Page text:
The second part of learning how to learn based on whether the student is an auditory, visual or kinetic learner and how to use these to their advantage. It is impossible for a teacher to use all of these methods when presenting lessons, but a student can create their own lessons to help them acquire the knowledge. In my classes I have students create poems, songs, graphic organizers and the Cornell note taking system. In this way there is a variety of methods for them to learn. I insist they use my linking and three transfer method of learning as well. The linking method makes them link what they are learning to other things they have learned and create a “learning tree” of it that they add to throughout the year. The three transfer method is to have students read the material, take notes on it, and transfer that material to another mode such as notecards. I also recommend presenting the answer to a question and have them supply the question. This is an excellent test of finding out what they know. It can be used in all subjects.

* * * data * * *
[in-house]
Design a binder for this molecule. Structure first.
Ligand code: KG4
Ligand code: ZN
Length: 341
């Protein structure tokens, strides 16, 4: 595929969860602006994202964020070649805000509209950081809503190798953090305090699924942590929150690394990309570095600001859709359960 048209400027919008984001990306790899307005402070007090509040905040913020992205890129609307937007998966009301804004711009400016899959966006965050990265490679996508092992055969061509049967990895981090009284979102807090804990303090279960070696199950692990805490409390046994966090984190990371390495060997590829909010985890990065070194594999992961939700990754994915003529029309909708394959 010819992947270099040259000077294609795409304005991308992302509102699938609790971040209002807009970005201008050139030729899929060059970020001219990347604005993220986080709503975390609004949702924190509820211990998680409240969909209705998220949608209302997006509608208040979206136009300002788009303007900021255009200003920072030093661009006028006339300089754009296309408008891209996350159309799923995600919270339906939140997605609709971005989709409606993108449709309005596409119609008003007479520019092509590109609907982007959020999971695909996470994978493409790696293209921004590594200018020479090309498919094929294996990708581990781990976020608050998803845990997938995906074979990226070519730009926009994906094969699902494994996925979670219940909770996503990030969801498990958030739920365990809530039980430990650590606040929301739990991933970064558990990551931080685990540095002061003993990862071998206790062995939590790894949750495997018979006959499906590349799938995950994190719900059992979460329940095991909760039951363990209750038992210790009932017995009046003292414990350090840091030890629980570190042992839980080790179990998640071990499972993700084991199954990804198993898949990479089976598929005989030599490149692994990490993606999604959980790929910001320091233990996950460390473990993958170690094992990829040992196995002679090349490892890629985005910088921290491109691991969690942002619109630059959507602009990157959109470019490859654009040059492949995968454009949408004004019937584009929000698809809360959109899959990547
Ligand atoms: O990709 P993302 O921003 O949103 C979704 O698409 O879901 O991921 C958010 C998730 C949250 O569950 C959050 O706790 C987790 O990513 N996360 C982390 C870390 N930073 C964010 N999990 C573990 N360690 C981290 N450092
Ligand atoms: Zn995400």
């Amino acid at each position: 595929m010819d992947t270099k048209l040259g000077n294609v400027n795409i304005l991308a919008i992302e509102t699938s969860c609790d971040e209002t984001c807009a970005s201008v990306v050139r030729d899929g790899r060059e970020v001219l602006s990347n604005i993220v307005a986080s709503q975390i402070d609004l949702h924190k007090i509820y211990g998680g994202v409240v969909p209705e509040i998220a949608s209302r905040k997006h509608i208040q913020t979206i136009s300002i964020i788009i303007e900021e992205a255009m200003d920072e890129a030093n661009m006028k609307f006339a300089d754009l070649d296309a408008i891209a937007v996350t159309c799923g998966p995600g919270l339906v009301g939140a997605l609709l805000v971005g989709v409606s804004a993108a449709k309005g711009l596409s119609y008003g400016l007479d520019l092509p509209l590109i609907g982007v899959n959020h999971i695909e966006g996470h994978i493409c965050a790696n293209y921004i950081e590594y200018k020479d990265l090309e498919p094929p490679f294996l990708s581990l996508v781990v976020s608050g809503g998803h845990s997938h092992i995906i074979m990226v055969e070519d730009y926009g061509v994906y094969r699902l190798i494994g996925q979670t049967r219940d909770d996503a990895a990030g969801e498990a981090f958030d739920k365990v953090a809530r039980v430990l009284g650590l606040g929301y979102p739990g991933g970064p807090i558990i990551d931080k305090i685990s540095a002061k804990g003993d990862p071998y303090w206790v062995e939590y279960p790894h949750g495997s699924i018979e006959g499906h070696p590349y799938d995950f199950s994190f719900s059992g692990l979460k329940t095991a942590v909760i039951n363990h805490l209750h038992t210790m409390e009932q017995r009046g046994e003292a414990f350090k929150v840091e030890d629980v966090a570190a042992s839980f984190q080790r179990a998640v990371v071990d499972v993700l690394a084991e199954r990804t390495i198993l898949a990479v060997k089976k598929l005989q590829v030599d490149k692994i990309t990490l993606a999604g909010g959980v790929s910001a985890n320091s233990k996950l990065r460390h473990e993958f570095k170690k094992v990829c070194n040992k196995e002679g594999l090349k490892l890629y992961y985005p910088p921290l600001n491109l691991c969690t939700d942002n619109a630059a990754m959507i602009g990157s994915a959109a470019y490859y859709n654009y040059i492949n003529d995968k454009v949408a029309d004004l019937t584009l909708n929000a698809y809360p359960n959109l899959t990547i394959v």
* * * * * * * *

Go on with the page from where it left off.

What is Valid